ORLANDO, Fla.—I think the first movie I ever saw in 3D was Jaws and of course, we all remember those funky red and blue disposable glasses. That was a completely different technology than what we’re seeing on a handful of smartphones and tablets at CTIA Wireless. These fancy new devices don’t even need glasses.
I just took a gander at LG’s Optimus 3D down on the show floor and admit that I was impressed by the effect. Apparently there’s thousands of tiny mirrors in that display that give both stills and video the illusion of depth. That’s cool.
You can understand why Android OEMs have rushed to get this technology to market, riding as they are on the heels of flat-panel 3D hype that seems to be everywhere you look these days. It’s a technology that could be a major differentiator for OEMs struggling to make their devices stand out from the pack by way of something other than a UI overlay.
I’m kind of neutral on having 3D on my smartphone, which leads me to wonder if it’s enough of a must-have for enough people to make it an effective differentiator. I’m of the take-it-or-leave-it-but-don’t-expect-me-to-pay-extra-for-it mentality. Who knows though? Peer pressure does funny things to people when it comes to technology. Lord knows I probably didn’t absolutely have to have a Nook Color, but after seeing all the contented people unburdened of page-turning strain, I finally broke down. Maybe I’ll have a similar change of heart with 3D.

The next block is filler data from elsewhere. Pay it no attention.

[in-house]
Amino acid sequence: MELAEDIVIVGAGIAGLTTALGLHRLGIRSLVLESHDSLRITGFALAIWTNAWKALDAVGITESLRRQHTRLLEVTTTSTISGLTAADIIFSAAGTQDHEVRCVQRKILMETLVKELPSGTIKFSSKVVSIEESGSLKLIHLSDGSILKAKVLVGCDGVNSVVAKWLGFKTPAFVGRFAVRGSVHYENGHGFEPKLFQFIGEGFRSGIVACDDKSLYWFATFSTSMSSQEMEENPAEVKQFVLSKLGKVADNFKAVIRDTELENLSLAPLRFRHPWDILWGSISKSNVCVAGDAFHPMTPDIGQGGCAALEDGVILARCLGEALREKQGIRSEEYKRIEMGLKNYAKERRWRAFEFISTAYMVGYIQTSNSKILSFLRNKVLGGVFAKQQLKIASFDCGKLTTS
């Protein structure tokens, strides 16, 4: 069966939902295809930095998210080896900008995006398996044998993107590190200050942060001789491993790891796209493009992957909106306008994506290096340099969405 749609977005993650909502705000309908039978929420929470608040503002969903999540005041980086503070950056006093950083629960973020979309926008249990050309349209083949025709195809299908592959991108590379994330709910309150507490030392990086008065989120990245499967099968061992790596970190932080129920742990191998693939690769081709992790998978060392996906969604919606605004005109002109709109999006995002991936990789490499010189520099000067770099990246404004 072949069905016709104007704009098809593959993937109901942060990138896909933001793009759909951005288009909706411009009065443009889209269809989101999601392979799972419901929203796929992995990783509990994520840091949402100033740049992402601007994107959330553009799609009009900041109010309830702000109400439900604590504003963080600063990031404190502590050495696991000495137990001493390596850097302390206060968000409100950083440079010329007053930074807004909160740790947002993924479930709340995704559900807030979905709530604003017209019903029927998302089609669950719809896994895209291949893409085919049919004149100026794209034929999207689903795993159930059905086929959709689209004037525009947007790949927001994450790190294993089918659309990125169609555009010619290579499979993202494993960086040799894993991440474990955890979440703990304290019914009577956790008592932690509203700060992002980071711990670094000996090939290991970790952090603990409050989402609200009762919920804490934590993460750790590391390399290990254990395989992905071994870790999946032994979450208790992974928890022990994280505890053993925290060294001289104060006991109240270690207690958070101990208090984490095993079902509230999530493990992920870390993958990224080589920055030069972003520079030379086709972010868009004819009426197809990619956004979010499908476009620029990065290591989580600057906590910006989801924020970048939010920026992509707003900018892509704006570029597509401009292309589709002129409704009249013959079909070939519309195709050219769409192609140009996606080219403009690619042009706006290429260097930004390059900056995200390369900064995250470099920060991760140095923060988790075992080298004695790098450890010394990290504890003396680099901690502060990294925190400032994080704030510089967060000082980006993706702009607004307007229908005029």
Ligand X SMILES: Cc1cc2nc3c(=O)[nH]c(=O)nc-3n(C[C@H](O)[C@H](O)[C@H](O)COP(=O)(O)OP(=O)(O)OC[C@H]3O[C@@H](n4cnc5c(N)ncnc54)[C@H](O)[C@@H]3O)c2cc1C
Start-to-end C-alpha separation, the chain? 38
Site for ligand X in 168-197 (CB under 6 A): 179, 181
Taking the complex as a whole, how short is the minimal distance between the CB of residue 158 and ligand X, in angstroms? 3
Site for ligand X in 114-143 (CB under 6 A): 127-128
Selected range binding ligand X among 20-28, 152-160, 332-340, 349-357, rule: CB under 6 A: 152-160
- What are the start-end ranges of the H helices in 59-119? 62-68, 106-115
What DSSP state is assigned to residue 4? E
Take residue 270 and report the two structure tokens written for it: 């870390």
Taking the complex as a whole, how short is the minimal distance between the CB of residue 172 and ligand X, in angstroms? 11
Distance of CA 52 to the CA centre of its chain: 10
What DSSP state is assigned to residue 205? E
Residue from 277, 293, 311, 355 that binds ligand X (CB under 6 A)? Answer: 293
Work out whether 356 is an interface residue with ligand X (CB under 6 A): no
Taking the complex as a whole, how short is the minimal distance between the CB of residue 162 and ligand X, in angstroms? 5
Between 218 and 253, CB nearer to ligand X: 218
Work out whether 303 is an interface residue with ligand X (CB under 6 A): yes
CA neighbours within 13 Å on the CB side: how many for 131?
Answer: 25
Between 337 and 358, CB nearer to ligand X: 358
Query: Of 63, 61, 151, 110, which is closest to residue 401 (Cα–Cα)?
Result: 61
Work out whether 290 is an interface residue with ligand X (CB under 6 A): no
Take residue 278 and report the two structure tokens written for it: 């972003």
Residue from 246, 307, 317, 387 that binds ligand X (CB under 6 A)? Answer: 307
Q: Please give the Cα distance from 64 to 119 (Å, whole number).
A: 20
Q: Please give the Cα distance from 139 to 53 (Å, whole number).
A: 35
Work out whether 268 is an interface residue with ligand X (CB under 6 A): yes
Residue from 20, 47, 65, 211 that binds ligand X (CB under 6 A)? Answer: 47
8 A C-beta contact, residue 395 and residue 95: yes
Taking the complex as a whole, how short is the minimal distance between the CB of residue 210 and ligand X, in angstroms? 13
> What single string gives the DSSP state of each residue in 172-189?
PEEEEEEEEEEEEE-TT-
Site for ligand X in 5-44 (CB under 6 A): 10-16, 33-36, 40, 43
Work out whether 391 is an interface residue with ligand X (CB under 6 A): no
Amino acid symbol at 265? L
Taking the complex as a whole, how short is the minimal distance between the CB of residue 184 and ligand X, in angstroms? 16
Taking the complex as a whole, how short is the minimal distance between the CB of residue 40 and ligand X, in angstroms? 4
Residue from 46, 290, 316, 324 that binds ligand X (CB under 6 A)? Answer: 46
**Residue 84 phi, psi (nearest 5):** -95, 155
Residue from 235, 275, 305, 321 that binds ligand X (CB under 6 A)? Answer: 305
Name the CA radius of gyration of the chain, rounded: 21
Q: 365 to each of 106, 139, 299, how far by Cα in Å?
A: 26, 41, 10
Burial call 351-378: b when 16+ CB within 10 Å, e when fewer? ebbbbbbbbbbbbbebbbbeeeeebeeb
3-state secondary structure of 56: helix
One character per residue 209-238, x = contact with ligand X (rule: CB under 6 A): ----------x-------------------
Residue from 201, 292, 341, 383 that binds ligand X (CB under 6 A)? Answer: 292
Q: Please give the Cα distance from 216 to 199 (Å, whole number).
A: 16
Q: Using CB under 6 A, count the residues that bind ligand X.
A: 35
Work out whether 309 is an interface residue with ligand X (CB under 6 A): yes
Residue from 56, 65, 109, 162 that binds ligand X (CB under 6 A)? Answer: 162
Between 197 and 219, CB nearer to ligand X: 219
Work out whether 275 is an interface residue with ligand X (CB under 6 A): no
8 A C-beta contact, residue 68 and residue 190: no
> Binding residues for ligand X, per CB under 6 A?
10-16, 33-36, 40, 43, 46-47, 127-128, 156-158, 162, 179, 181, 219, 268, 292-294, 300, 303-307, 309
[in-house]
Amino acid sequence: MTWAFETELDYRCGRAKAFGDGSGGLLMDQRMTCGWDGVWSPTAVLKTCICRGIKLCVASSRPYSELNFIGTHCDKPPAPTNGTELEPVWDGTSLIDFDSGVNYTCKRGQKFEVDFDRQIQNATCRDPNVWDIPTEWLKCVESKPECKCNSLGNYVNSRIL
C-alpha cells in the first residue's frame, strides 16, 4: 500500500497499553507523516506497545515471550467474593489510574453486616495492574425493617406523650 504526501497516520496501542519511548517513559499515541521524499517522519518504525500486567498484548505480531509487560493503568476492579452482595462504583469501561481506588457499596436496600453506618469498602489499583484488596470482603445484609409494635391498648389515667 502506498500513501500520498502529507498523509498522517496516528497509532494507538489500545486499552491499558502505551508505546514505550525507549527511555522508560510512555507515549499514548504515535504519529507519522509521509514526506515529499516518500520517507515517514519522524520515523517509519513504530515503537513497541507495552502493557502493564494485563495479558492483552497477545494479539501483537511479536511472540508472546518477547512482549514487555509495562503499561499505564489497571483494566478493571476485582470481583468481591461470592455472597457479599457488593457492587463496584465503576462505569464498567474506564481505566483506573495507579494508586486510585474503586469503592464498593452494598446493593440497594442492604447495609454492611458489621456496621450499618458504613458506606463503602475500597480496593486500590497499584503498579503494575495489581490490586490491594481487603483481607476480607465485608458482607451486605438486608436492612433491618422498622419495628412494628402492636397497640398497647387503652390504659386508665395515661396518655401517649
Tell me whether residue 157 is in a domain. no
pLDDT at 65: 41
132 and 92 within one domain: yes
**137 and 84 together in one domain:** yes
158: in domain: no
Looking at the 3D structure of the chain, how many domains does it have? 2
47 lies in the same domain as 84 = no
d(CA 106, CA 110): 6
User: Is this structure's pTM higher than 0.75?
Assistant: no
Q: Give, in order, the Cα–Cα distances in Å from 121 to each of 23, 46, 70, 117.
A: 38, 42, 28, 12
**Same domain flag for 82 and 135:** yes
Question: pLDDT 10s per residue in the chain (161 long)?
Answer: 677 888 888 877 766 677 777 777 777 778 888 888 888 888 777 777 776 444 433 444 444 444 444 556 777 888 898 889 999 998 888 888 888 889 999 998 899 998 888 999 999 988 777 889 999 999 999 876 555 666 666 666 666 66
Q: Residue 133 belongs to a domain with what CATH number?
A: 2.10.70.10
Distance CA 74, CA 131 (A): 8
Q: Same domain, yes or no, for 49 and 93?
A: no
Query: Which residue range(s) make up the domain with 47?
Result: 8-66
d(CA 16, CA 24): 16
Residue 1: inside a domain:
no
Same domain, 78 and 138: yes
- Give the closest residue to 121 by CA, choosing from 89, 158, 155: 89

This is just the beginning of a long obsession the electronics industry has had with realizing holograms. Ever since R2D2 projected Princess Leah’s distress message for Luke in Star Wars The New Hope, device manufacturers of all stripes have been trying to make that little piece of sci-fi a reality, but why? Could it be just for the heck of it?
Perhaps I’m thinking too hard about this one. Maybe 3D on a smartphone is one of those things that’s just supposed to be entertaining. An extra dimension can only add to the fun, right? And can’t entertainment alone serve as a solid, marketable differentiator?
I forget that the next generation of smartphone owners, those who have grown up on the Nintendo DS and their parent’s iPhones, expect the devices in their lives to be not only useful but also provide hours of entertainment and distraction.
Pontification aside, if your boss gives you any kind of break at CTIA (or if you happen to be the boss), I strongly suggest you loosen your tie, grab an iced tea and hit up one of those OEM booths that are displaying a glasses-free 3D smartphone or tablet. Think entertainment, not practicality; it’s a huge part of the show – and one that’s all too easy to forget amid the hustle and bustle.